The plan is to use the atmosphere as propellant and beamed power to heat it. This is much a much more effective way to get from the Earth's surface to low Earth orbit than building a huge propellant tank and using enormous amounts of propellant to lift the propellant.
1MW of beamed power puts 1kg of spacecraft into low Earth orbit. Here are some spaceship masses:
4547kg: Apollo Lunar ascent stage. (Takes you from the surface to the moon to lunar orbit).
14696kg: Apollo Lunar descent + ascent stages. (Take you from lunar orbit to the lunar surface and back again).
5560kg: Apollo command module. Holds three astronauts during their trip to lunar orbit and back. Has a heat shield and parachutes for re-entry into Earth atmosphere and a splash landing (Do not try this at home unless you have a large navy to rescue you afterwards).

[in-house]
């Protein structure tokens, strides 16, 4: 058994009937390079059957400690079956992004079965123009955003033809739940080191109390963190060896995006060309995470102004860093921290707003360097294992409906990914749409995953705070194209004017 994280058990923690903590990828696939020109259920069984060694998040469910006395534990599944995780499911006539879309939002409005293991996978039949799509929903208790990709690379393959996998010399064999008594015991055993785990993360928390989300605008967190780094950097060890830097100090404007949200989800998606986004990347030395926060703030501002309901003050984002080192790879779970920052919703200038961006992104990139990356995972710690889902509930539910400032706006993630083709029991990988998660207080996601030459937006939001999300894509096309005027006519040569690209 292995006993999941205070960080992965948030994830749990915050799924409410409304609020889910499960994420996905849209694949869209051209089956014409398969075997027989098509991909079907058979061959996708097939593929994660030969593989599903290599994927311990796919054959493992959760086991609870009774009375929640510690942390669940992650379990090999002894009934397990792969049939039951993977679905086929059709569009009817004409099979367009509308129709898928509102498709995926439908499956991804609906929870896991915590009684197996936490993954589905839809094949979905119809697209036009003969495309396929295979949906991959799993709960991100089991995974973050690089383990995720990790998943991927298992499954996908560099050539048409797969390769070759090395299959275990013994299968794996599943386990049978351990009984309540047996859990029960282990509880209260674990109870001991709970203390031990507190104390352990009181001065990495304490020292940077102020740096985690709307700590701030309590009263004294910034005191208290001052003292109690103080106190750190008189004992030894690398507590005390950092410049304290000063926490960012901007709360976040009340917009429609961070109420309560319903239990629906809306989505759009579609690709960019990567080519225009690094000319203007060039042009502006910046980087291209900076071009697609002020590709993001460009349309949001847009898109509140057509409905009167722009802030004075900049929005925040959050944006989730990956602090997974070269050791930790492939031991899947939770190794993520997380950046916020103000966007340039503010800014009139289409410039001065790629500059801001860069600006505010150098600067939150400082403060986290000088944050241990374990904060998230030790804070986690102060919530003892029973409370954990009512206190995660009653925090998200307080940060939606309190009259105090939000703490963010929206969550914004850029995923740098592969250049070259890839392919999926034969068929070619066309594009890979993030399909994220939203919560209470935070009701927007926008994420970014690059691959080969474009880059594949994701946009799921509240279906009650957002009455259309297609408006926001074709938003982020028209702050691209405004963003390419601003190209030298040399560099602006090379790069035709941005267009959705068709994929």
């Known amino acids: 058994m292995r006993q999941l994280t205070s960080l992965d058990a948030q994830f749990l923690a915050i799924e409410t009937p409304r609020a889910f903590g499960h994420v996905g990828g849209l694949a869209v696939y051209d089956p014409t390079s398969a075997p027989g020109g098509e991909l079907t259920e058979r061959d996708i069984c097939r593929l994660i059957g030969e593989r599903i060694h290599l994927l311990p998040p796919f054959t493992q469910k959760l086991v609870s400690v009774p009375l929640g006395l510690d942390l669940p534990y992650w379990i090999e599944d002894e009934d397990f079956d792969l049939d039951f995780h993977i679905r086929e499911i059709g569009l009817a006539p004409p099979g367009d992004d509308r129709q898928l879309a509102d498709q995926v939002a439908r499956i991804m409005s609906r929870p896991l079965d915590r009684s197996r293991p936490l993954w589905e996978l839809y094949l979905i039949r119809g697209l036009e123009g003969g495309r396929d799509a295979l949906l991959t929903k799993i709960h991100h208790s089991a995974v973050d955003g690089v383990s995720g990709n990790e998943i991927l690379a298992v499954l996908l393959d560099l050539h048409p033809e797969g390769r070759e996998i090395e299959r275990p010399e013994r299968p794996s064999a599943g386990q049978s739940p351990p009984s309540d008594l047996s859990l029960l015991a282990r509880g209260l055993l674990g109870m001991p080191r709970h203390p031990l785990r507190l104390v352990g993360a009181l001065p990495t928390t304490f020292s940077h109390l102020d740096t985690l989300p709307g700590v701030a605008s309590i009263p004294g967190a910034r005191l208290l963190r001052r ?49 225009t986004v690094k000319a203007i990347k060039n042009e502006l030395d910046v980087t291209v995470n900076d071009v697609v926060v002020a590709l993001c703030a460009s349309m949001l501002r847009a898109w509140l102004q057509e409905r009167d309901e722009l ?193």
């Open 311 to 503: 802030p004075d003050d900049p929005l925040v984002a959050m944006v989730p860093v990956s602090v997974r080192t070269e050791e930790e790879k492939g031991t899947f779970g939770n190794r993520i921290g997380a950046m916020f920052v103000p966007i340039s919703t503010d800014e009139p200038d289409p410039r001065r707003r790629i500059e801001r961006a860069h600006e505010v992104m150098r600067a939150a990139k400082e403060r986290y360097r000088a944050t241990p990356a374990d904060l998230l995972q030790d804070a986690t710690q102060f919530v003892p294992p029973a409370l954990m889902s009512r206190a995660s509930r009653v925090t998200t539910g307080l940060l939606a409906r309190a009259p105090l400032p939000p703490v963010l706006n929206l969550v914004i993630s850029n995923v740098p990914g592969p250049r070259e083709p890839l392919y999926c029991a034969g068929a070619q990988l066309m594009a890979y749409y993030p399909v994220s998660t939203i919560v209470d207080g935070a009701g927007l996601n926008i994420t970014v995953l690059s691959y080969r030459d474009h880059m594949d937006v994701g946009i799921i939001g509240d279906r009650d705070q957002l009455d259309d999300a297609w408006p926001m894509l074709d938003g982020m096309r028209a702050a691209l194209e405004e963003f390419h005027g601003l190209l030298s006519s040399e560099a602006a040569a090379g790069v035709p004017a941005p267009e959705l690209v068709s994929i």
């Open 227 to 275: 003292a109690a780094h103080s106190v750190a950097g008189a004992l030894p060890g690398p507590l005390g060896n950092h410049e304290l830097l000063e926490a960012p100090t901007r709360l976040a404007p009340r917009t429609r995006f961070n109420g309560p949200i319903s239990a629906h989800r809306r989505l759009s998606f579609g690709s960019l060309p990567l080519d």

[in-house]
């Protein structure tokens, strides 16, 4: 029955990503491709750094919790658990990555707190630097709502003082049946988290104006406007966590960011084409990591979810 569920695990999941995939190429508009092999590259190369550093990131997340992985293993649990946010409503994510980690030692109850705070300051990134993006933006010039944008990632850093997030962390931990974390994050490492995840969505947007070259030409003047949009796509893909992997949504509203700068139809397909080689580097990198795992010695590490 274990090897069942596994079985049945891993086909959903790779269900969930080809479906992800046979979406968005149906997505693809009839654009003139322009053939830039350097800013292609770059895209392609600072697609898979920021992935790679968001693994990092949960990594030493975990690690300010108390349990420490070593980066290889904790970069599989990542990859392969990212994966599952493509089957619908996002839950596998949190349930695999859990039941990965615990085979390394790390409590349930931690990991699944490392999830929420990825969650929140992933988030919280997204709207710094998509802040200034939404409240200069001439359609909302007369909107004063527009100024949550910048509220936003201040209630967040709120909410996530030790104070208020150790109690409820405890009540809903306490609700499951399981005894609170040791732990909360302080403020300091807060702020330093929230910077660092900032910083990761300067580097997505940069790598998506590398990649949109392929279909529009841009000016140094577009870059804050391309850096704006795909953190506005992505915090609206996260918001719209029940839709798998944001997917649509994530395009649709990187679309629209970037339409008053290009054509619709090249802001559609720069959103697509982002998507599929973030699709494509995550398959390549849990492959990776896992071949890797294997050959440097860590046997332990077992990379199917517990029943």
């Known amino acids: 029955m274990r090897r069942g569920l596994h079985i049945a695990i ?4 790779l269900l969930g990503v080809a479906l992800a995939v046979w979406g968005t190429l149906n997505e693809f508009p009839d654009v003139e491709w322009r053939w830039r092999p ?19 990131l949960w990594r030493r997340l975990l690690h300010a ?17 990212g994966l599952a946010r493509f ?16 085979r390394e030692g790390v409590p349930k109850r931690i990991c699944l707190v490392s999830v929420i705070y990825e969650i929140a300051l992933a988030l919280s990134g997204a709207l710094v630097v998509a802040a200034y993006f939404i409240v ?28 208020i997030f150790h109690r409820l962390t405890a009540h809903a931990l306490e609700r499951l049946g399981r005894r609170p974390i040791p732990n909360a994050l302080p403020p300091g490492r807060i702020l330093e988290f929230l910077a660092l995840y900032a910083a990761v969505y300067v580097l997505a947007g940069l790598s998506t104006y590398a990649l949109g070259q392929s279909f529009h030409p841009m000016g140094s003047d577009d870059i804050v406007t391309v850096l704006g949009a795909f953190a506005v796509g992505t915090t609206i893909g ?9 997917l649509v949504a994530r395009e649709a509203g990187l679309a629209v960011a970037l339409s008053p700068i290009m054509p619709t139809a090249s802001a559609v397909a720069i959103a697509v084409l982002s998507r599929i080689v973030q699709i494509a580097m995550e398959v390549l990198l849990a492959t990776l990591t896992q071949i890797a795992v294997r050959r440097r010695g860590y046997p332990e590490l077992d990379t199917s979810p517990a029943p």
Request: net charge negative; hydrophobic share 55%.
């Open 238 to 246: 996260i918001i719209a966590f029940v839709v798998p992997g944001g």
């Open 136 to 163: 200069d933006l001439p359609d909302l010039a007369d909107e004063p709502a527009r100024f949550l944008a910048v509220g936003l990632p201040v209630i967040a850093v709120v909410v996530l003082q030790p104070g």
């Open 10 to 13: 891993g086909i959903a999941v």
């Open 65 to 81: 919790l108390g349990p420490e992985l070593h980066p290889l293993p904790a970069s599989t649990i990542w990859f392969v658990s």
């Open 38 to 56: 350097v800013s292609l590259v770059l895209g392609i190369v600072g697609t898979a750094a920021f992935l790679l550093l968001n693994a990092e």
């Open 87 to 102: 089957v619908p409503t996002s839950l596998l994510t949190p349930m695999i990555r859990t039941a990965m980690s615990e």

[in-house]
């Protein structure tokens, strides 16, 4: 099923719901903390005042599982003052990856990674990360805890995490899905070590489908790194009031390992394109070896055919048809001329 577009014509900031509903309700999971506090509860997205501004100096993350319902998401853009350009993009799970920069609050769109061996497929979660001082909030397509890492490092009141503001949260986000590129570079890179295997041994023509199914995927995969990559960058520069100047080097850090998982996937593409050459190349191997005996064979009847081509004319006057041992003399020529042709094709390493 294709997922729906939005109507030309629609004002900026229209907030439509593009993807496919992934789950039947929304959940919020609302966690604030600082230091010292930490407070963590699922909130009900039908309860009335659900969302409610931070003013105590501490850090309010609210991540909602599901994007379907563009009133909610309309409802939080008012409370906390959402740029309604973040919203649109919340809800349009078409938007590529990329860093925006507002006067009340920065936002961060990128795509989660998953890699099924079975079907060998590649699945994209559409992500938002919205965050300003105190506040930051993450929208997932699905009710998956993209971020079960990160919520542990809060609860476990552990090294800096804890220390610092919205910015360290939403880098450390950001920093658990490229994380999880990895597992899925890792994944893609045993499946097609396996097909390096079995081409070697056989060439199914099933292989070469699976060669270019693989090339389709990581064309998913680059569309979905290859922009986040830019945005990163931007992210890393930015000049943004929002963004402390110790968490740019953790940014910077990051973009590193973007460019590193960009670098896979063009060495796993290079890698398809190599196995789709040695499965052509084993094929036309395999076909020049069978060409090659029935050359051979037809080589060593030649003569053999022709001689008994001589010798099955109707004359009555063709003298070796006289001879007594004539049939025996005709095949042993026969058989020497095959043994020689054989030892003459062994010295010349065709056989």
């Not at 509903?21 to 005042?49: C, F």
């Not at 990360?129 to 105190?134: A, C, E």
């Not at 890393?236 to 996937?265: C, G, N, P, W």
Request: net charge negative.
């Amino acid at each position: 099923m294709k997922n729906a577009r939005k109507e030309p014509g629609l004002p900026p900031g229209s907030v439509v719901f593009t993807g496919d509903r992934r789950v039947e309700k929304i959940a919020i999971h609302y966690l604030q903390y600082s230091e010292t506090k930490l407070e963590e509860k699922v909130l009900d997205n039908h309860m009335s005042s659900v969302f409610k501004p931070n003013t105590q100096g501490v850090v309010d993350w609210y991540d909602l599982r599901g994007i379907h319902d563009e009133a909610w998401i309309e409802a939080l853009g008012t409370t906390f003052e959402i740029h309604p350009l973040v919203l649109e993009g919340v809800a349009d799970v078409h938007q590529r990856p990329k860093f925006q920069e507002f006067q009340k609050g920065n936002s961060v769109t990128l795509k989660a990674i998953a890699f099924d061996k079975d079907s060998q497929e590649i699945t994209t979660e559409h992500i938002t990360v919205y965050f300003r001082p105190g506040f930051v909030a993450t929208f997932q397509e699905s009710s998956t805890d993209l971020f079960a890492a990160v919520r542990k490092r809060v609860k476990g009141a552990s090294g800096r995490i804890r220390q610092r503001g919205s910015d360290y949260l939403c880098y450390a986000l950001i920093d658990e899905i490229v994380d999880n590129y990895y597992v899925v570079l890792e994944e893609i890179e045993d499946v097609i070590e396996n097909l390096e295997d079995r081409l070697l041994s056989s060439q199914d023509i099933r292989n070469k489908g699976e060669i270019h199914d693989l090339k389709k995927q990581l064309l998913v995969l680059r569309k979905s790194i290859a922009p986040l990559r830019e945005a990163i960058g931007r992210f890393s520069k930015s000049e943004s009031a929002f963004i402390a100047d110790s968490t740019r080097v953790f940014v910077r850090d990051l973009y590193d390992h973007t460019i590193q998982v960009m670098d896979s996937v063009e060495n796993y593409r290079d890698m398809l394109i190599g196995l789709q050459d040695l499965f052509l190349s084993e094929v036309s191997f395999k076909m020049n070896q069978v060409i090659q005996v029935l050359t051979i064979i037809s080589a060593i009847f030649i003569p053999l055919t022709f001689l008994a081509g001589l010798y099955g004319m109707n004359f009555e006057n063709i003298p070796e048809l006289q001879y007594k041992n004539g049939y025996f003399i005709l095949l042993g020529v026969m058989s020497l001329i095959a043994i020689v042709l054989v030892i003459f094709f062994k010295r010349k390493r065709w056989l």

44776kg: Apollo service module + command module + descent stage + ascent stage. Takes you from Earth orbit to the moon and back to the Earth (well, the sea anyway).
10809kg: Altair ascent module.
45864kg: Altair descent + ascent modules.
8500kg: Orion crew module (Holds 7 astronauts).
66864kg: Orion service module + crew module + Altair
Going to Earth orbit and back would require a 5 to 10 GW laser depending on whether you choose Apollo or Orion kit (Dragon is about 10000kg, Soyuz is about 7250kg). Going to the Moon in a single launch would require a 50 to 70 GW laser. If you can bolt the modules together in orbit, you could cut that back to 10 to 20 GW depending on how good you are at construction in orbit.
A Falcon 9 lifts 10450 to 26610 kg into low Earth orbit, so a 10 to 25 GW laser could do the same sort of things ie resupply the ISS or launch a commercial satelite with a rocket big enough to put it in geostationary orbit.
If you combine beamed power with VASIMR, you can substantially reduce the mass of the service module (20000 to 25000 kg) or low earth orbit to geostationary orbit transfer rocket.